Cheryl's Blog

September 2011 – an excerpt from You Can Create an Exceptional Life

Dear Cheryl,

As promised, here’s another excerpt from my book with Louise Hay, You Can Create an Exceptional Life.  I hope it inspires you to think about (and improve) the way you start your day.  It certainly did for me.  In the book, we discuss the specific things you can do to transform your day so you ultimately transform your life.  After all, how you live your day is how you live your life.  Enjoy!


How You Start Your Day is How You Live Your Day

Cheryl Richardson & Luoise HayI’ve spent the morning walking around Covent Garden in London. It’s an early fall day, and the street performers and artisans are setting up shop preparing for the crowds. I adore London. I love the diversity; the kind and gracious people; and the scrumptious variety of fashion, food, shops, and cafés.

Louise and I are here for an event, and we’re scheduled to meet in the afternoon to continue our work on this book. I’m so looking forward to it. In the short amount of time we’ve been meeting, my life has already been affected in such a positive way. I’m more mindful of my thoughts throughout the day, for instance. And the time it takes for me to catch myself when I start ruminating about something unpleasant is getting shorter and shorter. I’m also weighing my choices, both personal and professional, to see whether or not I’ll feel good once a decision was made. If it doesn’t feel good, no is becoming an automatic response. How wonderful to be growing and learning while writing a book.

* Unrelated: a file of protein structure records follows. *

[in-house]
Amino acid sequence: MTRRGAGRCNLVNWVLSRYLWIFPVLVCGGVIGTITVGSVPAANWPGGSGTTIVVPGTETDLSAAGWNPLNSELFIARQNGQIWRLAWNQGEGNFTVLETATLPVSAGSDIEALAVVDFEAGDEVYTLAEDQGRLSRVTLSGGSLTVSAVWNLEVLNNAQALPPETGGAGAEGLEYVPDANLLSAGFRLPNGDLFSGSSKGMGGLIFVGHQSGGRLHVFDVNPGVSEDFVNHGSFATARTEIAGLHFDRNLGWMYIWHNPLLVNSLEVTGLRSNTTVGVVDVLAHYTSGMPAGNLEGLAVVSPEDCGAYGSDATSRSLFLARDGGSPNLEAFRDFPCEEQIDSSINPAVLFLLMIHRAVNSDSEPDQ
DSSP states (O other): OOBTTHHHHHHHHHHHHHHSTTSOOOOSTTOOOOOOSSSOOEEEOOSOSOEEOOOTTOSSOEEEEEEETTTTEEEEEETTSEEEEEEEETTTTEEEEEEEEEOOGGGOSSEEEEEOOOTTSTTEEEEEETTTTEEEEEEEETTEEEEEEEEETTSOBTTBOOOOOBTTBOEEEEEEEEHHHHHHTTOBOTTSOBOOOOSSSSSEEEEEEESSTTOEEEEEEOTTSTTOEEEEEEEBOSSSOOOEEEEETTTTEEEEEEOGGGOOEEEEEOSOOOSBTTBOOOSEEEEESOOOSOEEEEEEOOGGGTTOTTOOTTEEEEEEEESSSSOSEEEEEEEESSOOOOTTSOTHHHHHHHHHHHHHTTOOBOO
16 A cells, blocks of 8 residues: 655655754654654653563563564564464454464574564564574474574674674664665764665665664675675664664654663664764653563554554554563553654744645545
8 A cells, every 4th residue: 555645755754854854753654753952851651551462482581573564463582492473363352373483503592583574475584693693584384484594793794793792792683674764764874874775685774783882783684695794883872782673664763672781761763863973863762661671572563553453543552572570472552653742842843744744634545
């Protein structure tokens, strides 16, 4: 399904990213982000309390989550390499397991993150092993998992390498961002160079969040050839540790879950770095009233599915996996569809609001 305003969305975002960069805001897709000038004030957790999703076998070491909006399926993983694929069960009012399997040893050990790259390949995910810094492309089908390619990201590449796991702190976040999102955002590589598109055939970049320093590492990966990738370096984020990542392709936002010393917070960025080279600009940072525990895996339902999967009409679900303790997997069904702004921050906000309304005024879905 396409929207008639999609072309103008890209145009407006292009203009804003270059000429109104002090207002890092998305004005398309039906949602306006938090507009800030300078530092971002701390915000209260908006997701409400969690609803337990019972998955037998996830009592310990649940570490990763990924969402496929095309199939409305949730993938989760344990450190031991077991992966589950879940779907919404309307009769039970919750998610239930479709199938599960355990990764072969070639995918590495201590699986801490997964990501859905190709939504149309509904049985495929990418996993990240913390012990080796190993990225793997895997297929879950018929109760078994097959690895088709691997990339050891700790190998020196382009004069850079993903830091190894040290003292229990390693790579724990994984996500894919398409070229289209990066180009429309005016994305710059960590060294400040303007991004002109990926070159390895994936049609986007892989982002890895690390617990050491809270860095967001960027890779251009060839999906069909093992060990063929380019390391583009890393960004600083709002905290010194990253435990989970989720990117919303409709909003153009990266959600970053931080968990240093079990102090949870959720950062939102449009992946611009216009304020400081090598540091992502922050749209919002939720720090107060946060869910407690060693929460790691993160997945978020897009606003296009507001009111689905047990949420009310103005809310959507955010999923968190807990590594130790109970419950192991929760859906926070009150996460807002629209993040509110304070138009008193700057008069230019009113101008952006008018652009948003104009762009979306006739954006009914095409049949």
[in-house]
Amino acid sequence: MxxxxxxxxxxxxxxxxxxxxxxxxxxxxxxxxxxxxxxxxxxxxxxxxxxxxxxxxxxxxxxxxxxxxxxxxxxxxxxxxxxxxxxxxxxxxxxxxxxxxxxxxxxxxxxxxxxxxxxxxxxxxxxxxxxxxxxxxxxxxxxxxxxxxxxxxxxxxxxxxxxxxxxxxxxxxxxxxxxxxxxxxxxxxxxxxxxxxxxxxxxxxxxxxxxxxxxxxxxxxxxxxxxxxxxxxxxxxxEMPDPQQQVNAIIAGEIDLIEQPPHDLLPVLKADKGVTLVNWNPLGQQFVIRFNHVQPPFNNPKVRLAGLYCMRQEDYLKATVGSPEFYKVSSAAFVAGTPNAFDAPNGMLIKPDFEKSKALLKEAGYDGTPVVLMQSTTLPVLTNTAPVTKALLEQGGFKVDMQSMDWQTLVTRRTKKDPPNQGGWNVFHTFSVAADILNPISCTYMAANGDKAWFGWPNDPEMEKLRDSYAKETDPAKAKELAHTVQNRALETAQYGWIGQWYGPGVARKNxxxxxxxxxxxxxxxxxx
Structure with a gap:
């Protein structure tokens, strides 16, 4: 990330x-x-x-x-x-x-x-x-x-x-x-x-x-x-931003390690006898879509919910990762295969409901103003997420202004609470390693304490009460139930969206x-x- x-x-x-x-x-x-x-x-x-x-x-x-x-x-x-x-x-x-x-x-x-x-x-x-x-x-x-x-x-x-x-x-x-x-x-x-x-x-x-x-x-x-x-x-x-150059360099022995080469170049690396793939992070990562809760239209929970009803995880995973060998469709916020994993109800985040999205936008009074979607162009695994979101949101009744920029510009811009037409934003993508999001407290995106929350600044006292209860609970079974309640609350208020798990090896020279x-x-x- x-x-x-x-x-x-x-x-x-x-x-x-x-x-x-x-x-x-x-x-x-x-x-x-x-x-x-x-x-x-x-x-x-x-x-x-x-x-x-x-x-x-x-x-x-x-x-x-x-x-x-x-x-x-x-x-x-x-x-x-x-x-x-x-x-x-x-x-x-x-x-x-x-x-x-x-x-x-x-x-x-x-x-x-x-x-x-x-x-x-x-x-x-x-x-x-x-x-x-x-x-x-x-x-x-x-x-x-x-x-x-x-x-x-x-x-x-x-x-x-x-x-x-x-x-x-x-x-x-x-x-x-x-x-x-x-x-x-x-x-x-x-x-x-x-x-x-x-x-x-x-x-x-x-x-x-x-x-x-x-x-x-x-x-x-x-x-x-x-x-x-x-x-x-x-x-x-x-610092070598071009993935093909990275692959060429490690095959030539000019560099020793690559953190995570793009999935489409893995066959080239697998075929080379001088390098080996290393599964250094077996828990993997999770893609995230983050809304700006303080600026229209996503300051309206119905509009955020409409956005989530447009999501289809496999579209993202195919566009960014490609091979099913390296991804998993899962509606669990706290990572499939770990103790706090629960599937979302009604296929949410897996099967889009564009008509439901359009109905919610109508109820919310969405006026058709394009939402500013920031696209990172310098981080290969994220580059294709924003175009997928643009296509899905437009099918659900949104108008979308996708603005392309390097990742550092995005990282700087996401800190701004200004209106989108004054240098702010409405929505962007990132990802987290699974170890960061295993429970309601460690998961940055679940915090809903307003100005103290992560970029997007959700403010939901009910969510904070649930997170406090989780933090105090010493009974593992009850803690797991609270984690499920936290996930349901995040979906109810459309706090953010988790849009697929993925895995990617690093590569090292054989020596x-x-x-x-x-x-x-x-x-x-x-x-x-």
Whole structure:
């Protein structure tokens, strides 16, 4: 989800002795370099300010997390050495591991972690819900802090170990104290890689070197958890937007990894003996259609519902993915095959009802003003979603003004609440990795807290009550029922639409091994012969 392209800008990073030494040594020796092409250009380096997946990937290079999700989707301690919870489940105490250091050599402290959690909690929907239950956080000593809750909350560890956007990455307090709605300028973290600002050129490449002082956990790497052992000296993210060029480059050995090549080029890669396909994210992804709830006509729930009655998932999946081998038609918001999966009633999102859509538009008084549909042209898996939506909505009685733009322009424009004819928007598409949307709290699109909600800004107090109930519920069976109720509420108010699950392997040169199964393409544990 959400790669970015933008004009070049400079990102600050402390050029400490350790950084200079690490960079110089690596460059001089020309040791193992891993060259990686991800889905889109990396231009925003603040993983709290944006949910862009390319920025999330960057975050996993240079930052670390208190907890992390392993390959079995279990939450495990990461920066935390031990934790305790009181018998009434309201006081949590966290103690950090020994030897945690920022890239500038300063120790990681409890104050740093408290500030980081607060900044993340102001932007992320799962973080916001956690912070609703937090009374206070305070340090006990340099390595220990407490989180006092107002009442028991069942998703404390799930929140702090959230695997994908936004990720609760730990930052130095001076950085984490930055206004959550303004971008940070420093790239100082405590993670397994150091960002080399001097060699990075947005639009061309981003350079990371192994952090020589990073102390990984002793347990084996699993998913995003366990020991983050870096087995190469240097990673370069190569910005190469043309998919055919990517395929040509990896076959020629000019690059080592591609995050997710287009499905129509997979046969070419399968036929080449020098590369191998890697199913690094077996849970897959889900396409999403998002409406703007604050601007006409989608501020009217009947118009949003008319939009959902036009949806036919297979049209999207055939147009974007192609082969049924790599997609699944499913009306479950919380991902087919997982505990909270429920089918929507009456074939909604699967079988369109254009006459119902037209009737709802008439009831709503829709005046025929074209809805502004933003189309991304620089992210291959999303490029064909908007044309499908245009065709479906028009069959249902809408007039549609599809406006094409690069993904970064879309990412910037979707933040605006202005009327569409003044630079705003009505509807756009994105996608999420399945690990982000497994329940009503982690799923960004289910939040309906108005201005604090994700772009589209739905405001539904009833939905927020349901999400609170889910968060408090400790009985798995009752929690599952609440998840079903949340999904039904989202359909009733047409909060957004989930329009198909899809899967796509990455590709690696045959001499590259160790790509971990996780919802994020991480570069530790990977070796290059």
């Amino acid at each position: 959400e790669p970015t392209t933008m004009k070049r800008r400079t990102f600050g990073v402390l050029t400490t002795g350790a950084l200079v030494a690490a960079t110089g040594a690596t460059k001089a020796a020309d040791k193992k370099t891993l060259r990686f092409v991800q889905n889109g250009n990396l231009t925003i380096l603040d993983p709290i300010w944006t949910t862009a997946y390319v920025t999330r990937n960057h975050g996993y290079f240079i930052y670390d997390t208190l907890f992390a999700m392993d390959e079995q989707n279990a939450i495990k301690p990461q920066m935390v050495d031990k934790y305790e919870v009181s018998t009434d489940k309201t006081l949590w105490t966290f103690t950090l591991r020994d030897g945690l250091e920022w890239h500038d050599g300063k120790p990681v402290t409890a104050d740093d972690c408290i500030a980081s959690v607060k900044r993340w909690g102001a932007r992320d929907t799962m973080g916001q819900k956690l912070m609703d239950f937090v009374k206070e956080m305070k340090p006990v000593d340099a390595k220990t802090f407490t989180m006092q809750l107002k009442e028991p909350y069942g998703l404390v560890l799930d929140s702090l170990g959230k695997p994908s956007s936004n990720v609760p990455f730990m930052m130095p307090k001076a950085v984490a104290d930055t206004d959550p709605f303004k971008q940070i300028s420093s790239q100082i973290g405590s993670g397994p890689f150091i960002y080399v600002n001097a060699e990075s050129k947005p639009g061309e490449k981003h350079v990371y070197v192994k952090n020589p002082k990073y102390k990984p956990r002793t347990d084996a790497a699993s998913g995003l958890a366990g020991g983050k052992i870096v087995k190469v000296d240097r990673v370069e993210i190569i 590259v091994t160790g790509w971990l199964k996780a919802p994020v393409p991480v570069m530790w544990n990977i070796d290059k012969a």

When I knock on Louise’s hotel-room door, she greets me with her sparkling blue eyes and a big smile. I feel instantly welcomed. We chat about the morning and then get down to business. I nestle into a spot on the floor in front of the coffee table, tap on the recorder, and begin our session by asking Louise what’s on her mind.

“We must teach people how to begin their day,” she replies with intense determination. “The first hour of the morning is crucial. How you spend it will determine your experience for the rest of your day.”

And we’re off! Louise’s passion is evident, and I laugh out loud as this elegant woman starts the lesson with: “Too many people start their day with ‘Oh, shit! It’s another day and I’ve got to get up, damn it!’ If you have a lousy way of starting your day, you’re not going to have a good day ever-it’s not possible. If you do your best to have the morning be awful, your day will be awful.”

As I listen to her talk, I’m pulled back to my mid-20s and the intimate relationship I had with the snooze button on my alarm clock. Back then it was a game to see how long I could stay in bed before dragging myself out to go to work. I didn’t like my life much, and I certainly didn’t look forward to going to my job.

Now, as I sit with Louise, I think about the millions of men and women who hit the snooze button every day or greet the morning with dread. I wince as I think about the energetic message this sends out into the world: I don’t want to wake up, I hate where I’m going today, or I’d rather go back to sleep than get up and face my crummy life. Thoughts like these just bring people more of the same.

It’s a game changer when you realize that how you start your day sets in motion a pattern of thinking that determines your experiences all day long. Curious to know how Louise started her day, I asked her to share the details.